This is one of Woolrich's famous "Black" books and black it is. Bleak as David Goodis gets his protagonists usually attempt to make some kind of connection to another human being. Not with with Woolrich.
I'm not going to describe the set-up here because laid it flat it is so outlandish you might think twice about reading the book. But Cornell Woolrich was nothing if not shrewd. By the time you figure out what's going on you've had a chance to prepare yourself. You've been putting it all together piece by piece so when the picture is complete you just nod and accept it.
And anyway as with most Woolrich books and stories the set-up doesn't matter all that much anyway. What makes Woolrich Woolrich is how his protagonists respond to the set-up. This novel is built on a series of richly detailed character studies of several men who have begun dying in ways that would be ironic even to them if they could step back and see it with any objectivity.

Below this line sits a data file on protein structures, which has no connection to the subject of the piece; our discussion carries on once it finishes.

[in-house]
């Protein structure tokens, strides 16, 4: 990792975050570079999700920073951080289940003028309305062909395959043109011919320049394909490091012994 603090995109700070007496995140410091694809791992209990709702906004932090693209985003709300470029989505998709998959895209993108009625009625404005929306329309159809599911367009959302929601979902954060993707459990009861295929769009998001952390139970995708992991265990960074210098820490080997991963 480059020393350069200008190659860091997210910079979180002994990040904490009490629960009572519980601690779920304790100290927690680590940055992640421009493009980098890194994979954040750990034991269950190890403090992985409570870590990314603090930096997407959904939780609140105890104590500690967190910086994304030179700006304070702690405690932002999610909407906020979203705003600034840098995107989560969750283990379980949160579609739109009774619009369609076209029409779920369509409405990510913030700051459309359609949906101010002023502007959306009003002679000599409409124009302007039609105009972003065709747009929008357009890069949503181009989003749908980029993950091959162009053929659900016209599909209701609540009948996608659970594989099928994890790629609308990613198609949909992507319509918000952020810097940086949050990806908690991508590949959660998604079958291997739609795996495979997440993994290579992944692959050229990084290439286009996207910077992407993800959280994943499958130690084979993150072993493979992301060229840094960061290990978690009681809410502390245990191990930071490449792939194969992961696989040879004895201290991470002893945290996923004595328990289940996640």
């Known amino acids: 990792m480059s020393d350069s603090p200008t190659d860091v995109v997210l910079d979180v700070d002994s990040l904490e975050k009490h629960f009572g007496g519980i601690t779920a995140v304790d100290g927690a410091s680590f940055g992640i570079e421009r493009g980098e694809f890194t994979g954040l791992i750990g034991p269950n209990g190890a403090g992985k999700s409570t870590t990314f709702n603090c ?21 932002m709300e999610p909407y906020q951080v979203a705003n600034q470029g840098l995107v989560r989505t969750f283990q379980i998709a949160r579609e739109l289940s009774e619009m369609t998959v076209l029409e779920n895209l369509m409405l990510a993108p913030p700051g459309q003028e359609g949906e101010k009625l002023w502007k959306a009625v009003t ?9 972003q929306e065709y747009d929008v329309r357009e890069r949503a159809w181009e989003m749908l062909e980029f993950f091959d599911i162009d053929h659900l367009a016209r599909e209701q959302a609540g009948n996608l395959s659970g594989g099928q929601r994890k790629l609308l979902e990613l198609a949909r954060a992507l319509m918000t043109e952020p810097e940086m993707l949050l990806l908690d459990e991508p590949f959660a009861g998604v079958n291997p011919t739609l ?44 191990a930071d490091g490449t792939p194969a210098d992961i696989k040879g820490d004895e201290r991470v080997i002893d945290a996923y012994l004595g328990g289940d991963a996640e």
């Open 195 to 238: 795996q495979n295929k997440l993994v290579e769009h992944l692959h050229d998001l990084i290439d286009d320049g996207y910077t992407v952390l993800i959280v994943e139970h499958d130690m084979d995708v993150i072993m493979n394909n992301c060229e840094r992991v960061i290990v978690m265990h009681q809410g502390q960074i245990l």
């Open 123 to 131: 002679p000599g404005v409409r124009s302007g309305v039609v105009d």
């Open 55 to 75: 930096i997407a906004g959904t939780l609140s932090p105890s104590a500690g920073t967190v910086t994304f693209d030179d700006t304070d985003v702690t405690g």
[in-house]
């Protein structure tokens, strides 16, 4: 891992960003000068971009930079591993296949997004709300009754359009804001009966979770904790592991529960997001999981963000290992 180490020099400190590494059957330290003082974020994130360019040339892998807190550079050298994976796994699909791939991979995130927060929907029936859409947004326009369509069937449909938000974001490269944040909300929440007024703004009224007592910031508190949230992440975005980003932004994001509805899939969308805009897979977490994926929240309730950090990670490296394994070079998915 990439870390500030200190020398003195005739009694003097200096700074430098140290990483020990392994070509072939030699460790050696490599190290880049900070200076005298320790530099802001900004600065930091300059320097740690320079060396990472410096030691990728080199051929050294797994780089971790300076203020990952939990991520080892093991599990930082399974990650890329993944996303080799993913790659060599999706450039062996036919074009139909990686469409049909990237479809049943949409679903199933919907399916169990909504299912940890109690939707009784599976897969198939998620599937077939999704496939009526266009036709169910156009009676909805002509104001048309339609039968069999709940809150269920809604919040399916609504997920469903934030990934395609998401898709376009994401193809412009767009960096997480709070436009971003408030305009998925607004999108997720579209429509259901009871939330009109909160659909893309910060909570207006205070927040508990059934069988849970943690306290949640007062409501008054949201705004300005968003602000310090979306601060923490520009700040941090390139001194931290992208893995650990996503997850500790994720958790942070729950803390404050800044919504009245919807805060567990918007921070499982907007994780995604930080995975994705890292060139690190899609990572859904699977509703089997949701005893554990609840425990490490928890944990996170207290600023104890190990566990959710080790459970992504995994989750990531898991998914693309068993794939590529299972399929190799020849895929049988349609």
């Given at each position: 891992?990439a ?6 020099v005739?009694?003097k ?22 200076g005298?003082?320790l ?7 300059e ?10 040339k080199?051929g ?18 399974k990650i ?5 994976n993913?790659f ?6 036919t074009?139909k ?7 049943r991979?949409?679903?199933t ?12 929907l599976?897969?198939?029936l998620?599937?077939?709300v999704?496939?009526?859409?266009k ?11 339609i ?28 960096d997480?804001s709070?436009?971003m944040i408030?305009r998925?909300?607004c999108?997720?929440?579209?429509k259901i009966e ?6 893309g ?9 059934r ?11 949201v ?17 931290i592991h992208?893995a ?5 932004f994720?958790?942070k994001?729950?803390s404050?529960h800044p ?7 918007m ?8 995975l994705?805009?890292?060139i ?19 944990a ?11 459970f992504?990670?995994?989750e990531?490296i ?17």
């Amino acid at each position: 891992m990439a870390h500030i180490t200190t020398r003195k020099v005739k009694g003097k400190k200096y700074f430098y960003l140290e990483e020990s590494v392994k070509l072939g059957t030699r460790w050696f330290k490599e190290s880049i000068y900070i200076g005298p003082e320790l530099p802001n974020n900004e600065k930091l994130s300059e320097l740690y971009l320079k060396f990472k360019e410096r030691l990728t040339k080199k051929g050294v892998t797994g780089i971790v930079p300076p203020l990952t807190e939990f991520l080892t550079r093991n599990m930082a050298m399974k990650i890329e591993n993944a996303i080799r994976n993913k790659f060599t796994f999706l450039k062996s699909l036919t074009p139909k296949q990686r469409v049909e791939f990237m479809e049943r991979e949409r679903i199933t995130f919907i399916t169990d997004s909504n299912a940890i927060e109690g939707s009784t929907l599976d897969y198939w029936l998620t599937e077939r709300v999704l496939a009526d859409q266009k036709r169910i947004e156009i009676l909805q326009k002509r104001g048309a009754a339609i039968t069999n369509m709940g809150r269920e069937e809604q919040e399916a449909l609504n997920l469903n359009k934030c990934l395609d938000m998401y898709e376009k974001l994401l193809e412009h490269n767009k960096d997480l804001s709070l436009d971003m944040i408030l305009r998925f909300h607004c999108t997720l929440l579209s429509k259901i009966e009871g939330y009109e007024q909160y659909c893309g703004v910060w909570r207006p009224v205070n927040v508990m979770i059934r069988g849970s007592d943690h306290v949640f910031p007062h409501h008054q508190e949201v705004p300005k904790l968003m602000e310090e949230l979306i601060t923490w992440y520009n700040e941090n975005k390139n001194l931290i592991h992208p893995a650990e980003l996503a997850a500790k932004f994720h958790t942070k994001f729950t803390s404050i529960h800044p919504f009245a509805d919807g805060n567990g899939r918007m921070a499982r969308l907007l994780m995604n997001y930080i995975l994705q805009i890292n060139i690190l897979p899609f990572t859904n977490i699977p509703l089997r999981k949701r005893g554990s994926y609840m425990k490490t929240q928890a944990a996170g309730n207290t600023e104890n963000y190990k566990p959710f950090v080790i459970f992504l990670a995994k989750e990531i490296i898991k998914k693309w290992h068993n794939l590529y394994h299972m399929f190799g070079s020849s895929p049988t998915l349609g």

Woolrich is often compared to Poe and while I think that's fair--they are both masters of claustrophobia and obsession--I think in all Woolrich's real literary father was Guy de Mauppassant. Woolrich has de Mauppassant's fascination with society high and low for one thing, and a sly ear and eye for realistic daily life. There is a lot of Edward Hopper in Woolrich's word paintings of the Thirties and Forties. I'm not sure that Poe an equivalent interest in his own time.
This is my favorite Woolrich novel which is to say that he has told a story of such cleverness and nihilistic power you see why Woolrich is so revered. This is one of those books, one of those books that crush, and linger on long after you finish it.
The first Woolrich novel I read, and the first I owned in the impressive late '80s Ballantine re-issue series.
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